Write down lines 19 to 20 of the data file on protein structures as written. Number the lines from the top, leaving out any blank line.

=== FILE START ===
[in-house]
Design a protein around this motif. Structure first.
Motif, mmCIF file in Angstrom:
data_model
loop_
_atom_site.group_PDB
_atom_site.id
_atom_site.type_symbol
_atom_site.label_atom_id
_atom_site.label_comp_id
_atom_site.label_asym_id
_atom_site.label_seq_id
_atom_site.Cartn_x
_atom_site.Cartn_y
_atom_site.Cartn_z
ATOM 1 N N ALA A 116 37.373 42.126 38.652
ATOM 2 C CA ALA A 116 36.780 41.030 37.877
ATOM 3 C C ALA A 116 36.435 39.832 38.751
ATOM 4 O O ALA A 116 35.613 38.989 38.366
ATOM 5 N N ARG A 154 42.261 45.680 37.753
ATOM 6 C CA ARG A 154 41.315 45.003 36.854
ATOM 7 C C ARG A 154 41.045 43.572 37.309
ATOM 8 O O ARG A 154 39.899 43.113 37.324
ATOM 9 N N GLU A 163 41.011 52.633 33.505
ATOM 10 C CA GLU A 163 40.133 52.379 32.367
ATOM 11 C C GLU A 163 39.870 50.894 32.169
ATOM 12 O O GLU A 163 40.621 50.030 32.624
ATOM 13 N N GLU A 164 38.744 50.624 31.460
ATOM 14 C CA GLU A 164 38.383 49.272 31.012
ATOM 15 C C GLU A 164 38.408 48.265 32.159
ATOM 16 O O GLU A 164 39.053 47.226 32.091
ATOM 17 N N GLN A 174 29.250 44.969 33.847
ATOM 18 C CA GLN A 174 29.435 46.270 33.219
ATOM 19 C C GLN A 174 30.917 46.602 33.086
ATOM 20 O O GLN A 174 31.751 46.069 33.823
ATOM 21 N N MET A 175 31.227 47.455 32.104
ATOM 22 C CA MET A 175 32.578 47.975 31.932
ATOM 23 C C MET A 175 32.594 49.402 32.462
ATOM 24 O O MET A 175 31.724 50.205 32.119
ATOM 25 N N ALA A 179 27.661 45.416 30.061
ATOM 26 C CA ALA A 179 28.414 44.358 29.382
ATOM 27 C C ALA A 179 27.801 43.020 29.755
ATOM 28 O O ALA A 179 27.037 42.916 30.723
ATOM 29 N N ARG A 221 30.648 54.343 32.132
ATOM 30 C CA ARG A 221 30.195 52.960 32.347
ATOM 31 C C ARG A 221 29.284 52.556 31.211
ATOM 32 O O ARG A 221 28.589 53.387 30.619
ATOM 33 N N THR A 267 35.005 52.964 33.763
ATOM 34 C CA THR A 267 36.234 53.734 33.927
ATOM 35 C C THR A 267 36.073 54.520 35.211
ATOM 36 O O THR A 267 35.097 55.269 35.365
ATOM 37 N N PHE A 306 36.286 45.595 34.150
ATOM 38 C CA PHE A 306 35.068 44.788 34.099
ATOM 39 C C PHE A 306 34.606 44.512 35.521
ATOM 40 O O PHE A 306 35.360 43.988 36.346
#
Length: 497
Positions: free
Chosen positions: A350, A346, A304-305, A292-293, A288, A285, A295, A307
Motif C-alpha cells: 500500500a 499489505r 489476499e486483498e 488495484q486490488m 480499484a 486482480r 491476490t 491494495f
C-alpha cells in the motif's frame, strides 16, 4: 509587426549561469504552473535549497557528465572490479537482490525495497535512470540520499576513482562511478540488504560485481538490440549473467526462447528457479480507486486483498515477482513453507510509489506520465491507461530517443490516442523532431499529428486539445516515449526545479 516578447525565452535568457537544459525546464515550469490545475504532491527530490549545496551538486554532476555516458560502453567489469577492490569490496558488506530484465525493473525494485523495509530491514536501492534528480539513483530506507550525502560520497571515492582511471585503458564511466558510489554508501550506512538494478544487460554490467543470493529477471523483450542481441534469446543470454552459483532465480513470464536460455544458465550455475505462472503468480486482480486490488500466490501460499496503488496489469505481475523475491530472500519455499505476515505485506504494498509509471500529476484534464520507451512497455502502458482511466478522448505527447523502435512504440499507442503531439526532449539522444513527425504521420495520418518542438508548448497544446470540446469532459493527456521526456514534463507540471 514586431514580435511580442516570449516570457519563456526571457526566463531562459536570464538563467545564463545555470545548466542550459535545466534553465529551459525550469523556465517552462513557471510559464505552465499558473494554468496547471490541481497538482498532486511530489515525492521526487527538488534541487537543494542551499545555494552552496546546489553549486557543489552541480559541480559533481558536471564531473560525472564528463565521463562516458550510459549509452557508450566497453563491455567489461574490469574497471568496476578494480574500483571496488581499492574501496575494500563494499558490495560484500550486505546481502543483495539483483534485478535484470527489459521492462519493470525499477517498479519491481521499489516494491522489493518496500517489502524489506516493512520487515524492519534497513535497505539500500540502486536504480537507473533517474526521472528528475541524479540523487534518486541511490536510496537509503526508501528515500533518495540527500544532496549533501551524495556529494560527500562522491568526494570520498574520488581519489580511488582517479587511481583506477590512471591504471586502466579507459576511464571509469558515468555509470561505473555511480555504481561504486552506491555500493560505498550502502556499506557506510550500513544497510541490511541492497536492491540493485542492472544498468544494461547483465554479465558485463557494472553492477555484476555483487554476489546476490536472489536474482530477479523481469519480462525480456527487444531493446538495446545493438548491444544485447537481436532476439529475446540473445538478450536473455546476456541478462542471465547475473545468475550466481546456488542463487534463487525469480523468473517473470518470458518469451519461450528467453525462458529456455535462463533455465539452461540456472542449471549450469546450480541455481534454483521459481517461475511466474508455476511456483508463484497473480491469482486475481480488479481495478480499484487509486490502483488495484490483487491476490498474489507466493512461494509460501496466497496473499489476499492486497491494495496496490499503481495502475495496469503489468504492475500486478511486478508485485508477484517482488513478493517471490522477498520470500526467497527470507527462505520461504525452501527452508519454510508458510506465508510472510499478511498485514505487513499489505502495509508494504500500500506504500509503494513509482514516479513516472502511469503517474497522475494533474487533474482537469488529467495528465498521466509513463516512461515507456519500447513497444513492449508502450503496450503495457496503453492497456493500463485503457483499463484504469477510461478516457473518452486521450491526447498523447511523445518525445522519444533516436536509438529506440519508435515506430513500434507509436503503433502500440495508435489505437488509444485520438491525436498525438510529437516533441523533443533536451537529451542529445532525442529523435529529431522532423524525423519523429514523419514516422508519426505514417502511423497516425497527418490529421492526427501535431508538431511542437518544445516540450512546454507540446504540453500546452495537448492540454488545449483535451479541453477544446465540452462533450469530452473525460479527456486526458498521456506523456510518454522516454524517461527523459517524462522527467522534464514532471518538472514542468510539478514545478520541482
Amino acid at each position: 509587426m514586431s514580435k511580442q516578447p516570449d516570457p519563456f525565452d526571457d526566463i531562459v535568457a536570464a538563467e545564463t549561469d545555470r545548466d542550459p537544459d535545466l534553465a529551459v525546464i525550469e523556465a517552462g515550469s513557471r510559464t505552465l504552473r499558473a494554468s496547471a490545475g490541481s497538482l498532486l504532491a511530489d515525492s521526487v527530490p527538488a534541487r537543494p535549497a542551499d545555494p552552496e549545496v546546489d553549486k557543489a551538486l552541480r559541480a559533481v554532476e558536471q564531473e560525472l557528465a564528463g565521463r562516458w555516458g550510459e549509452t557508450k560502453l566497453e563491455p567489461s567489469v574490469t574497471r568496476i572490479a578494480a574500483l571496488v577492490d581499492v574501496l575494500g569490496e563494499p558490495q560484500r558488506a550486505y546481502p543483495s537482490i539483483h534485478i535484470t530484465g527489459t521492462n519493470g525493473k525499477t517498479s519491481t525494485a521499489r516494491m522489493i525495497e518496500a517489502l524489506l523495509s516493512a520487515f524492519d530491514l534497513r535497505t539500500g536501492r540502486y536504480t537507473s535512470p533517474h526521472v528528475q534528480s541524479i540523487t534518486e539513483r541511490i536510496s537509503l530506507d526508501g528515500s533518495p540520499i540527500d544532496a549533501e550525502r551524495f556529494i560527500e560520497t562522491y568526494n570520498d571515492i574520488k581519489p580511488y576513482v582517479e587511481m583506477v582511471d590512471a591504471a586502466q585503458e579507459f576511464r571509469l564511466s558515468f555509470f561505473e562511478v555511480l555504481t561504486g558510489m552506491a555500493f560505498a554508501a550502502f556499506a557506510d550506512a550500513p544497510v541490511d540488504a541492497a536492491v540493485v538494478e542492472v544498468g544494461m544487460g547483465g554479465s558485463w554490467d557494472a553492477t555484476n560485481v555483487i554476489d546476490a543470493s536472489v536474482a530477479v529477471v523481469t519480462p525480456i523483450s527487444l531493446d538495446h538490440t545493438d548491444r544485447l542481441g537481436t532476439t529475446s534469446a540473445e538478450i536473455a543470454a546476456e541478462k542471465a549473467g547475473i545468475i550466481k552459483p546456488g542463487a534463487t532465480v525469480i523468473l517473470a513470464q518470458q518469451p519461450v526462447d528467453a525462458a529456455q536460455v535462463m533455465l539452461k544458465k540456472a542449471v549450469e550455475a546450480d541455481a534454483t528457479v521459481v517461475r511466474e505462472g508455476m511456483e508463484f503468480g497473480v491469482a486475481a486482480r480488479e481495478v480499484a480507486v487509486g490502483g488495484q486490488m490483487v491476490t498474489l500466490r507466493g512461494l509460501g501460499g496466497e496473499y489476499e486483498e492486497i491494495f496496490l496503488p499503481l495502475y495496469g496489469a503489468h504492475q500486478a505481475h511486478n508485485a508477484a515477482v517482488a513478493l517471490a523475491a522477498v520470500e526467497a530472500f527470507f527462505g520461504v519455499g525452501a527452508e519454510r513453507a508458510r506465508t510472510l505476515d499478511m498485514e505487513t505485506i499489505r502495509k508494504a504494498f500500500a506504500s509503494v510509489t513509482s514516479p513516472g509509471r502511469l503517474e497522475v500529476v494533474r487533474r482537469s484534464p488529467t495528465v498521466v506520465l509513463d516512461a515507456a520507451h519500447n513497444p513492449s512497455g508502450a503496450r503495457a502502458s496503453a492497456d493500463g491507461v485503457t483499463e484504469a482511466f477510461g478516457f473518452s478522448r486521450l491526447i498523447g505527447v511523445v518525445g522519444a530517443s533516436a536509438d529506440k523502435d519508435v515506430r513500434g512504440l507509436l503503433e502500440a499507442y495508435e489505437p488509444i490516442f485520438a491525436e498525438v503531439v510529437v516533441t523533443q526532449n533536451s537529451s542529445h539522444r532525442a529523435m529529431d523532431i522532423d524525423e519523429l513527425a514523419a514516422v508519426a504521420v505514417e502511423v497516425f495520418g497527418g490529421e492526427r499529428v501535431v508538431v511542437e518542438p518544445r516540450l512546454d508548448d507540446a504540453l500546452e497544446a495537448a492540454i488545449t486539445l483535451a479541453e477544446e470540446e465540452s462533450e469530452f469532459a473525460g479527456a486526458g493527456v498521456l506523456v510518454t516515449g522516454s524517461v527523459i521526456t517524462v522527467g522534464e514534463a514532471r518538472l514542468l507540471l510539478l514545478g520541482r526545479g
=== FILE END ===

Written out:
ATOM 4 O O ALA A 116 35.613 38.989 38.366
ATOM 5 N N ARG A 154 42.261 45.680 37.753